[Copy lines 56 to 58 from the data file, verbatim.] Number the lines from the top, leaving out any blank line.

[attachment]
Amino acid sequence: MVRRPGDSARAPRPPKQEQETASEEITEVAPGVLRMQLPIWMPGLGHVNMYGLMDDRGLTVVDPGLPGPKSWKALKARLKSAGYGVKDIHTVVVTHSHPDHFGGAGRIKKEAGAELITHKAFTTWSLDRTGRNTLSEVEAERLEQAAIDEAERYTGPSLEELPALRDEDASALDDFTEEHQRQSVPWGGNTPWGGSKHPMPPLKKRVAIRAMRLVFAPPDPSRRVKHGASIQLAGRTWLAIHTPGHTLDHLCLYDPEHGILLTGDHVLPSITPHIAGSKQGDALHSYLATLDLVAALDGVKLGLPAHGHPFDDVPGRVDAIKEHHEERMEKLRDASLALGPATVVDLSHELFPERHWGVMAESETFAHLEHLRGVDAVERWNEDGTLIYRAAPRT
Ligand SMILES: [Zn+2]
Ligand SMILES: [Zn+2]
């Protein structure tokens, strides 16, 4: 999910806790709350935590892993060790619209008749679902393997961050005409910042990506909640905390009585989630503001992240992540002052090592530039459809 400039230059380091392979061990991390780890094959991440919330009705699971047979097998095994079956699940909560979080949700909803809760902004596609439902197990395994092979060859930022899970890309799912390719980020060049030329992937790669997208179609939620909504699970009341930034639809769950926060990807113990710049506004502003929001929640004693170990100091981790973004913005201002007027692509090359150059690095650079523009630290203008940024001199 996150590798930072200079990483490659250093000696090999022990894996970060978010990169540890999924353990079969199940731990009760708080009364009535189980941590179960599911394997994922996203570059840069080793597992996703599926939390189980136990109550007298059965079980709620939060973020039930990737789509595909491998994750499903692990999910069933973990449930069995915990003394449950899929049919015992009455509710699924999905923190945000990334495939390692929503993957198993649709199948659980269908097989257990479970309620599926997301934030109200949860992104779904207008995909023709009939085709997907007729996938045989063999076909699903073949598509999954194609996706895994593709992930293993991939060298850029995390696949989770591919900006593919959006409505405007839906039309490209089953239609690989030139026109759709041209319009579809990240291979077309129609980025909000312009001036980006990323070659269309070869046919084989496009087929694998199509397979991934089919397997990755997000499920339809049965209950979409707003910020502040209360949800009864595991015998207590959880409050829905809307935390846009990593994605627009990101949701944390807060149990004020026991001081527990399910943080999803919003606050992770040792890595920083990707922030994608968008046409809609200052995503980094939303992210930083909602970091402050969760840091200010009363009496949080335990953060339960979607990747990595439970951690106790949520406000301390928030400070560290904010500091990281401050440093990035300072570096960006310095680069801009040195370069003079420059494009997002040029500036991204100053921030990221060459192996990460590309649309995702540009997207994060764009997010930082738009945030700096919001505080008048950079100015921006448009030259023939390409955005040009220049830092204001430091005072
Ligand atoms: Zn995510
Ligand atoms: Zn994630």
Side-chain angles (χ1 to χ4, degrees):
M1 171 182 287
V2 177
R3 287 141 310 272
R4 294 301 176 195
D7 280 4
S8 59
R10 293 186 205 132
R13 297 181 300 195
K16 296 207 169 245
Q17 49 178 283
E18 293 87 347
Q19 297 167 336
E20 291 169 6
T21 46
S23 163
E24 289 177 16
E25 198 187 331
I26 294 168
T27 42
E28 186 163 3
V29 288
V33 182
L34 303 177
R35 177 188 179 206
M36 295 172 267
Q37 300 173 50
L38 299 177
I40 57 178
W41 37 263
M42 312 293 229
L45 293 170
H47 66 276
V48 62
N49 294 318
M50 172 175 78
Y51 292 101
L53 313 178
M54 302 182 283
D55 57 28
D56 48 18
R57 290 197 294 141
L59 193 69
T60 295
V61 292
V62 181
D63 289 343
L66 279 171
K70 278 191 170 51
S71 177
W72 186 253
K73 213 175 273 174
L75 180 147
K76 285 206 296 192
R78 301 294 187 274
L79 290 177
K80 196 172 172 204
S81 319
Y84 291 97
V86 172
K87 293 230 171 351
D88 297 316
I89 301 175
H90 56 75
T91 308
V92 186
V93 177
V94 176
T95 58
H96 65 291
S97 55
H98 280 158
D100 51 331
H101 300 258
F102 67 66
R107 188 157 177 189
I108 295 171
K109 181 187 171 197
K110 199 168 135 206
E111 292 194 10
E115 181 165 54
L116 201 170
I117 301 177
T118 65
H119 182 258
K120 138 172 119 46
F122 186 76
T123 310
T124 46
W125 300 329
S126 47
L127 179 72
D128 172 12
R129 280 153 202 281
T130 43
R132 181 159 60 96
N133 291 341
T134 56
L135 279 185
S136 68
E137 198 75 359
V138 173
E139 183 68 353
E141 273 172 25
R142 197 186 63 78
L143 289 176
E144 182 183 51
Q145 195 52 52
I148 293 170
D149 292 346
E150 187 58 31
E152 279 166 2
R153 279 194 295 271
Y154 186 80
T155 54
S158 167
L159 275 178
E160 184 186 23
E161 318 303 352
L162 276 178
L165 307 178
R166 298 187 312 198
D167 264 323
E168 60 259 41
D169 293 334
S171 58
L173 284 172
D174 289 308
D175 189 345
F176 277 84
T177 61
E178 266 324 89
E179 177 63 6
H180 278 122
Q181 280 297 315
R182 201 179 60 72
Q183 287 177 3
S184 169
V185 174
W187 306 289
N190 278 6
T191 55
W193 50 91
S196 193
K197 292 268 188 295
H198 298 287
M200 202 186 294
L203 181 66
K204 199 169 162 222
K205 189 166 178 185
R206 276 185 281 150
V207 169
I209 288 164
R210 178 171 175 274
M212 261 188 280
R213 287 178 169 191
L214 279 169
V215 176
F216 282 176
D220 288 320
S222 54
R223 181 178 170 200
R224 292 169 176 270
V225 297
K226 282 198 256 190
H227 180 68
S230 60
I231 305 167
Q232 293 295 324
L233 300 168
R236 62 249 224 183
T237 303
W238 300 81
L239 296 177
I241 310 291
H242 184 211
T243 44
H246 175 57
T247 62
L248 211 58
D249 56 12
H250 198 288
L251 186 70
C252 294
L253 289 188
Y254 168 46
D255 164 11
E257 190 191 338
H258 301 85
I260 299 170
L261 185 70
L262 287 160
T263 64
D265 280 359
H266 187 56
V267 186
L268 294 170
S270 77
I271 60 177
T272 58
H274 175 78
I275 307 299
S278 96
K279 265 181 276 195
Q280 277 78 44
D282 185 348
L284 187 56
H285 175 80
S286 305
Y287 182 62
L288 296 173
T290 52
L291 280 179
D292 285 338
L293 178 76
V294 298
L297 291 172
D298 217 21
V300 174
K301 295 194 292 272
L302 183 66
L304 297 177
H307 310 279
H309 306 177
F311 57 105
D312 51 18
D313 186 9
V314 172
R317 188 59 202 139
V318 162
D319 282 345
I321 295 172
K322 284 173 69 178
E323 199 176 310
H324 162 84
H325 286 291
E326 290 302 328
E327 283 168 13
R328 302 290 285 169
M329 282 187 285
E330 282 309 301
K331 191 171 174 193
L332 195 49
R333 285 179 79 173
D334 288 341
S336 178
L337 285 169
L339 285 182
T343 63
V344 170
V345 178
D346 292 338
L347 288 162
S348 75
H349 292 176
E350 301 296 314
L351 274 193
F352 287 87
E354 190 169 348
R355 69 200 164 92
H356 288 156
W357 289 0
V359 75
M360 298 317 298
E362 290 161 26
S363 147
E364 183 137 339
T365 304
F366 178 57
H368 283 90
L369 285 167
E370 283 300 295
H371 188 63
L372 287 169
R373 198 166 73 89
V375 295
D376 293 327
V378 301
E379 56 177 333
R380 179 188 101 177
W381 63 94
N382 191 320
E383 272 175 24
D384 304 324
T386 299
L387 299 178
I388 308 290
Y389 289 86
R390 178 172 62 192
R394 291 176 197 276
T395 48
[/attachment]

S71 177
W72 186 253
K73 213 175 273 174